None of this could have happened, of course, without the personnel working long, hard hours at the Lockheed Burbank assembly plant.
Check out these amazing pictures of the line workers doing their honorable work.
Here is a clever poem written by them and dedicated to the enemy.
AN ODE TO THE AXIS
FROM LOCKHEED WORKERS
(Author unknown. Wichita Beacon, circa 1940s)
When you hear a whistle in the sky
And see those twin tails streaking by,
You know that you have one less chance
Of ever making an advance.
When you started this war in thirty-nine,
There was no P-38 assembly line.
When you bombed Pearl Harbor in forty-one
That assembly had just begun.
When that line really began to move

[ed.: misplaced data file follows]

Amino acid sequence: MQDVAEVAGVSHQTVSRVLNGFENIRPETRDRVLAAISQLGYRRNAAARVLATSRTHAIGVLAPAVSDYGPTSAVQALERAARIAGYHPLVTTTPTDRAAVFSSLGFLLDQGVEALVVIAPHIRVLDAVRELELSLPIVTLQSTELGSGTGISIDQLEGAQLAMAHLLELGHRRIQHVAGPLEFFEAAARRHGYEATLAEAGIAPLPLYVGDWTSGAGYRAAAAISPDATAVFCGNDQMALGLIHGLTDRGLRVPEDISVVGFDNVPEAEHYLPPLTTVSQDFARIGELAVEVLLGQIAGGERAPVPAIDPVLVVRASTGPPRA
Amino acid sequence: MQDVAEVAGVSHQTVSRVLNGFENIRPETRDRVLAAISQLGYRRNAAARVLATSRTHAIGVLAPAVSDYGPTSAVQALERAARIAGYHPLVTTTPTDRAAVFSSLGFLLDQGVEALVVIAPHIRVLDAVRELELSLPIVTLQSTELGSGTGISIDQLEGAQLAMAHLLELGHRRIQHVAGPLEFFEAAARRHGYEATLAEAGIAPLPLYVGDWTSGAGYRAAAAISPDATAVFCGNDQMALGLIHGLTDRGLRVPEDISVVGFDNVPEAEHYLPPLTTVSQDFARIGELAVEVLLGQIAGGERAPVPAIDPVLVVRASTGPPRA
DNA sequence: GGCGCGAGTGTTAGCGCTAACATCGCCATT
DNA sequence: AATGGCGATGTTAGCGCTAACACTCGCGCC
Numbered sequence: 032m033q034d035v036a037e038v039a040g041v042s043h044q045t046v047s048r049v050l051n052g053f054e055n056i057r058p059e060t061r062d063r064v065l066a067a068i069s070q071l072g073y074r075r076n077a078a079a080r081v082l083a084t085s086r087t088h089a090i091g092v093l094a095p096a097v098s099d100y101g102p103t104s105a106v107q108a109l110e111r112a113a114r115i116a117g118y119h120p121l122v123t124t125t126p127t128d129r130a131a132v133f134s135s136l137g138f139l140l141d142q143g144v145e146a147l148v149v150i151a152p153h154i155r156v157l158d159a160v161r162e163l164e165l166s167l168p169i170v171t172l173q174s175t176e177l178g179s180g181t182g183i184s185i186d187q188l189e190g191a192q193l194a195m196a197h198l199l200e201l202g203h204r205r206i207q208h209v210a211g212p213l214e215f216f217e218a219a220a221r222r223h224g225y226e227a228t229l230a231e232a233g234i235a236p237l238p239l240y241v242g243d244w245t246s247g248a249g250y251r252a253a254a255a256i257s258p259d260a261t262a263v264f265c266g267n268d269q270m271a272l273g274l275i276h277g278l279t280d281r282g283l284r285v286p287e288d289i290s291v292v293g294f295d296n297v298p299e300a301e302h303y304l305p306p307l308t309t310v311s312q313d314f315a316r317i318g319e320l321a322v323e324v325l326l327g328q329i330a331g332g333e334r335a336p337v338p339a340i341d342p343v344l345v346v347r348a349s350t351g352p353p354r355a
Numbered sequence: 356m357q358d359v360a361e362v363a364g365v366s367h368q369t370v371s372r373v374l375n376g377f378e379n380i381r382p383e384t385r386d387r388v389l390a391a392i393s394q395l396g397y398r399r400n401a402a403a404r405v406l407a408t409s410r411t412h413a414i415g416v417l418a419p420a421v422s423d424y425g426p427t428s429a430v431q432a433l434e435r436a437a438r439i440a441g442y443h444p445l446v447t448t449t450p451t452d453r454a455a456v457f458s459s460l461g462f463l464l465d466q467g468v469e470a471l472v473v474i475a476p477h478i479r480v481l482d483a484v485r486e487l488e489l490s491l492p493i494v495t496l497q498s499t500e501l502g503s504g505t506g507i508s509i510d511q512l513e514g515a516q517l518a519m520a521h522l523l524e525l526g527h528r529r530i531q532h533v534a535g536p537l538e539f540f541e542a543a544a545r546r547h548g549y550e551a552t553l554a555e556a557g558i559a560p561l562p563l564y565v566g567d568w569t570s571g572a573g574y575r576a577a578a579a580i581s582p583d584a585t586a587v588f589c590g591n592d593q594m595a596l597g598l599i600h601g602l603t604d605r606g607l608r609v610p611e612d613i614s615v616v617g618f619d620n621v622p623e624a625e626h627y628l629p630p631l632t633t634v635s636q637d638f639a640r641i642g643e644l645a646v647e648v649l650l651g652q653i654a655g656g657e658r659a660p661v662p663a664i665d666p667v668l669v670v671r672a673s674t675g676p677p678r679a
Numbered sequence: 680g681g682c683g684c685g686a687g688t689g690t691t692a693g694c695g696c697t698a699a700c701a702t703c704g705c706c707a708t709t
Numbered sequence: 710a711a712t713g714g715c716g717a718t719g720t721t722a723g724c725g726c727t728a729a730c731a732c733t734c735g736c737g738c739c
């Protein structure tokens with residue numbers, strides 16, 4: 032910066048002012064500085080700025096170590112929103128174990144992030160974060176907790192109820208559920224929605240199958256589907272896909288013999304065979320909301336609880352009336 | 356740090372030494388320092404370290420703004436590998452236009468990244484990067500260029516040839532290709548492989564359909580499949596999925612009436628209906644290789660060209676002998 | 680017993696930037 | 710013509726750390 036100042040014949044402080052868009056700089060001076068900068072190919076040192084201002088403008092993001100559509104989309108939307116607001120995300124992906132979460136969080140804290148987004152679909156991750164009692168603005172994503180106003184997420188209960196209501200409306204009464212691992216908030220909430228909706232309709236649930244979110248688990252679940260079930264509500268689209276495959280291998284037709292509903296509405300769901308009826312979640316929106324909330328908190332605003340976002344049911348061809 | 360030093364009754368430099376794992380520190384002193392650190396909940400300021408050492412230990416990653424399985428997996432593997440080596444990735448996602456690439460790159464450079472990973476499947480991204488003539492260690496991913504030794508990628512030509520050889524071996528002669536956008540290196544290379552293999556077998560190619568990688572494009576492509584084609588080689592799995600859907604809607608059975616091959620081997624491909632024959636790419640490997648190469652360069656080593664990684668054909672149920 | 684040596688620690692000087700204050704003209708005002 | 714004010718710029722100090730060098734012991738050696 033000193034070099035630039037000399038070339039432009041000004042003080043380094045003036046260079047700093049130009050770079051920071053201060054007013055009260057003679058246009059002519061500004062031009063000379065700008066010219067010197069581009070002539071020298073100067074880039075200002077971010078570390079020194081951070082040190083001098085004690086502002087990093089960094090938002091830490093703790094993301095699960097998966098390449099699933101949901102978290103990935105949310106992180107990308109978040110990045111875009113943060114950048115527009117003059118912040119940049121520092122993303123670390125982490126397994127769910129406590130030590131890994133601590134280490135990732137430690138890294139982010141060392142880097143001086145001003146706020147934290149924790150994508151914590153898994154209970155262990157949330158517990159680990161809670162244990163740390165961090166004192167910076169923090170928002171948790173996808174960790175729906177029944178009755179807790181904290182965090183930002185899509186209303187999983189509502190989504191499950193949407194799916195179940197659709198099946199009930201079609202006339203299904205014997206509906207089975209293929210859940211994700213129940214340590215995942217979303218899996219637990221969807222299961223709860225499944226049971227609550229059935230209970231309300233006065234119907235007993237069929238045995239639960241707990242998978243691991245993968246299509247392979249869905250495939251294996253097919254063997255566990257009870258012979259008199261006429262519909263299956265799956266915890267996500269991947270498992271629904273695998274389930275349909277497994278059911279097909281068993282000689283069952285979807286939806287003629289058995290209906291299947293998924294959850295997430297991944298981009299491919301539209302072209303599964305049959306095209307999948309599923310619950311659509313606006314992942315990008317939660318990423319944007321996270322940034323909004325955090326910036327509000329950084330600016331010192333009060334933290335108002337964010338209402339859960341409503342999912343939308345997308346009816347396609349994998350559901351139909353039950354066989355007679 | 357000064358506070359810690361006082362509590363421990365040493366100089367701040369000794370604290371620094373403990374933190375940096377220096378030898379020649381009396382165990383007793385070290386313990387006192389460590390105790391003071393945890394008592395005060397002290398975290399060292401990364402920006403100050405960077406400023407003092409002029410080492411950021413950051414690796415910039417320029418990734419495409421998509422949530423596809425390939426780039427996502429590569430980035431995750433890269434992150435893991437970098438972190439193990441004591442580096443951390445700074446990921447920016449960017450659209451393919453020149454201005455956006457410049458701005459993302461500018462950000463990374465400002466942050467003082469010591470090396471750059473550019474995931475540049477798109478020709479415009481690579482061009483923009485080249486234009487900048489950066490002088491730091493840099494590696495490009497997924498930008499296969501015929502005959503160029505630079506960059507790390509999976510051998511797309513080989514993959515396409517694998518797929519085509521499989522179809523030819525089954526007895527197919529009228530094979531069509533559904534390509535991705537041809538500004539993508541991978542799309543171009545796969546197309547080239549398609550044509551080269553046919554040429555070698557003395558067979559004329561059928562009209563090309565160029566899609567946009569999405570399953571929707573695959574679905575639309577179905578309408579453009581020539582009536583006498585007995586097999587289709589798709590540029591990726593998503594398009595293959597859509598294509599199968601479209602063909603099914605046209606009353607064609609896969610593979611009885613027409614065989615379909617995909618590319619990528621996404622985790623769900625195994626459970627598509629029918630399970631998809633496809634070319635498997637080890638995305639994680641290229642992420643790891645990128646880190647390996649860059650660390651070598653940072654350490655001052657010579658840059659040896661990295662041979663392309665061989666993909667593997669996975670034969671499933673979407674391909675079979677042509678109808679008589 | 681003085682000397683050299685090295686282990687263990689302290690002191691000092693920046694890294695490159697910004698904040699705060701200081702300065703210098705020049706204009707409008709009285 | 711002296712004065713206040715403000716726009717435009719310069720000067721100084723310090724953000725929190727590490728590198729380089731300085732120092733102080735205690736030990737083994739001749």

You knew that we were in the groove.
When they first hit Africa in forty-two,
You began to think that you were through.
Now we are turning them out faster and faster
The sooner to bring you disaster.
Every one that leaves the assembly line
Helps to shorten your allotted time.
We use them for the camera ship
Because their speed gives you the slip,
And when the photographs they take,
Our bombers follow in their wake.
They escort bombers far and wide,
And on every mission tan your hide.
From the rooftops to the stratosphere,
Of all your planes they are the peer.
The Zero, it was sure well named,
For when the Lightnings’ guns are aimed,
The pilot gives them one quick burst,
There’s nothing there, the Zeros cursed.
Over in Europe it’s just the same,
Focke-Wulfs and Messerschmitts are fair game.
Our pilots chase them from the sky
And make of Goebbels’ boasts a lie.
For every time their five guns roar,
The Axis rats die by the score.
Fork’tailed terrors of the air,
They make our enemies despair.